A Prescription for Safe Drug Use

Posted on Wednesday, October 14, 2009
By Susan Murley

Going commercial with a new prescription management system takes networking skills, vision – and a good dose of common sense

When a physician asks a patient what medications other health-care practitioners have prescribed, the doctor often receives an answer like “It’s a white pill, and I think the name starts with ‘G’ – or is it ‘P’?”

Robyn Tamblyn and Allen Huang in the St. Charles Boulevard Pharmaprix, one of the Montreal-area drugstores participating in the MOXXI project

Robyn Tamblyn and Allen Huang in the St. Charles Boulevard Pharmaprix, one of the Montreal-area drugstores participating in the MOXXI project

It’s no wonder that adverse drug interactions are so frequent, making prescription drug-related problems the sixth-leading cause of death worldwide.

For more than a decade, Drs. Robyn Tamblyn and Allen Huang have been working to get the right data to doctors to help them make the best decisions for their patients. In 2003, with the support of McGill’s Office of Technology Transfer, the researchers created a company called MOXXI Medical to market an easy-to-use drug management system.

The concept is simple. A physician prescribes a medication using a hand-held computer. A wireless connection with a central database displays the patient’s current prescriptions, provides information about the drug, identifies possible adverse reactions or other problems and suggests safer alternatives. This wireless capacity allows information to be exchanged and government alerts on drug safety to be displayed in real time.

The doctor prints a hard copy of the e-prescription – eliminating illegible handwriting – which the patient takes to the pharmacy. To get rid of transcription errors, pharmacists participating in the MOXXI program can upload the electronic prescription directly into their management database. Information on any substitutions made at the pharmacy goes back to the physician, who can also check whether the patient has filled the prescription.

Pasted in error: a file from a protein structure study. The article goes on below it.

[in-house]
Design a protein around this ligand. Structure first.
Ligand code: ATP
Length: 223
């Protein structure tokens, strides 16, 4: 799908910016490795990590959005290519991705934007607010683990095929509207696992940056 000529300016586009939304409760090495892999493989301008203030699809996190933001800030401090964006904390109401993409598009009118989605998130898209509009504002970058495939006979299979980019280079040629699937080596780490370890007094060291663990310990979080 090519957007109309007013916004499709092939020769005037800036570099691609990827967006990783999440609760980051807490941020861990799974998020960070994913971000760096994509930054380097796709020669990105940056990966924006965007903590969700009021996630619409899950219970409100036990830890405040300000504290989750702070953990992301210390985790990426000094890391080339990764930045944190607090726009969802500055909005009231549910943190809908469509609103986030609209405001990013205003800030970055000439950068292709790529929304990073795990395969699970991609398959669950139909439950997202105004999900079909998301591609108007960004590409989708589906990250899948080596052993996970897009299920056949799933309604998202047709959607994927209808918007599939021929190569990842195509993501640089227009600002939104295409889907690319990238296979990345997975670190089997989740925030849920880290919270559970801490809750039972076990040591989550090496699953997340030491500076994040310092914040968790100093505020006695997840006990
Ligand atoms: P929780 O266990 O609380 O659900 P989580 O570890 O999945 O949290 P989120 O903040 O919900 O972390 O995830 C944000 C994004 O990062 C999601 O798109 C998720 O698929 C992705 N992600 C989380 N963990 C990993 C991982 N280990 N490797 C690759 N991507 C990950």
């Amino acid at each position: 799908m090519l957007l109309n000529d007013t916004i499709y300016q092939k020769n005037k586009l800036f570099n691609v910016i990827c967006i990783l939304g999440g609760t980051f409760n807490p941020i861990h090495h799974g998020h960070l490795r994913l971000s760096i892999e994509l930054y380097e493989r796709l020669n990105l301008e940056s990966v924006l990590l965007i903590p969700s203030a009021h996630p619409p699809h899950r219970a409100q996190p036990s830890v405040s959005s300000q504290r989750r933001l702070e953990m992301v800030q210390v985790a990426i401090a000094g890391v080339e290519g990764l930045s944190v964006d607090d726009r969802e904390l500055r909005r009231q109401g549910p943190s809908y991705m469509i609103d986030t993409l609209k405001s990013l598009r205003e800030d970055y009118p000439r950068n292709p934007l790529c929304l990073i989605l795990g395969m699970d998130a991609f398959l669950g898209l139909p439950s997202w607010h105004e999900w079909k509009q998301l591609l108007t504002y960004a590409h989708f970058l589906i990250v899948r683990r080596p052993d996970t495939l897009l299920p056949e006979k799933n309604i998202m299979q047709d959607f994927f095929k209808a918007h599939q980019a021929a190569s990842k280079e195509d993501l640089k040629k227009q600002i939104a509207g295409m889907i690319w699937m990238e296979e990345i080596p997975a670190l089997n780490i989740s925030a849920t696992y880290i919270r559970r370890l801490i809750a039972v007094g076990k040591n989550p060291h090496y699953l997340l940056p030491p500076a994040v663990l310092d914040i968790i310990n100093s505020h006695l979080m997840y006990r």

The wireless hand-held computer that physicians use to check prescription and drug safety information

The wireless hand-held computer that physicians use to check prescription and drug safety information

The system frees practitioners from having to absorb a constant barrage of new information about drugs. “Our capacity to educate physicians through our standard routes is extraordinarily limited,” says Tamblyn, a professor in the Departments of Medicine and of Epidemiology and Biostatistics at McGill and the informatics specialist for the project. “But computers make it easy. You are pushing the information directly to people when they need to know it – when they are actually prescribing the drug.”

One of their big breakthroughs was realizing that the data they needed already exist. Drug insurance companies in Quebec were gathering information on prescribed drugs as a by-product of paying pharmacies for medications dispensed. Because it was seen as administrative data for financial purposes, no one had thought to apply it to clinical care until Tamblyn and Huang came along.

Huang, Director of Geriatric Medicine at the McGill University Health Centre, handles the information technology for the project and serves as the clinical expert on complex disease. His philosophy: don’t waste time creating unproven technology. “In the past, systems were built for the technology itself, for the wow factor,” he says, “whereas we asked where the problem is and how we can use existing technology to help.”

As logical as Tamblyn and Huang’s new system is, it still wasn’t easy to implement. Integration was difficult because of the many different stakeholders – insurance companies, pharmacies, government and physicians. “It took us forever to get all the players to play in the same sand pile, to have a common vision,” Tamblyn says.

Led by Jacques Paquin, a former senior executive at Microcell Telecommunications, the company is now working to get the system used more widely. Tamblyn and Huang are already looking to future applications, such as helping physicians customize treatment based on a person’s genetic profile.

Tamblyn and Huang’s common sense, skill in bringing interests together and keen awareness of where the obstacles lie should ensure a bright future for MOXXI. “The technology is always the easy part,” says Huang. “The challenge is the people and processes.”


The Canadian Health Infostructures Partnership Program of Health Canada funded the research leading to the creation of MOXXI Medical Inc. Start-up investment was provided by MSBi Capital, a seed and early-stage venture capital fund focusing on research at McGill, Sherbrooke and Bishop’s universities. ESI Canada, a health-claims management company, and DMR Canada, an IT solutions company, are investment partners in MOXXI.

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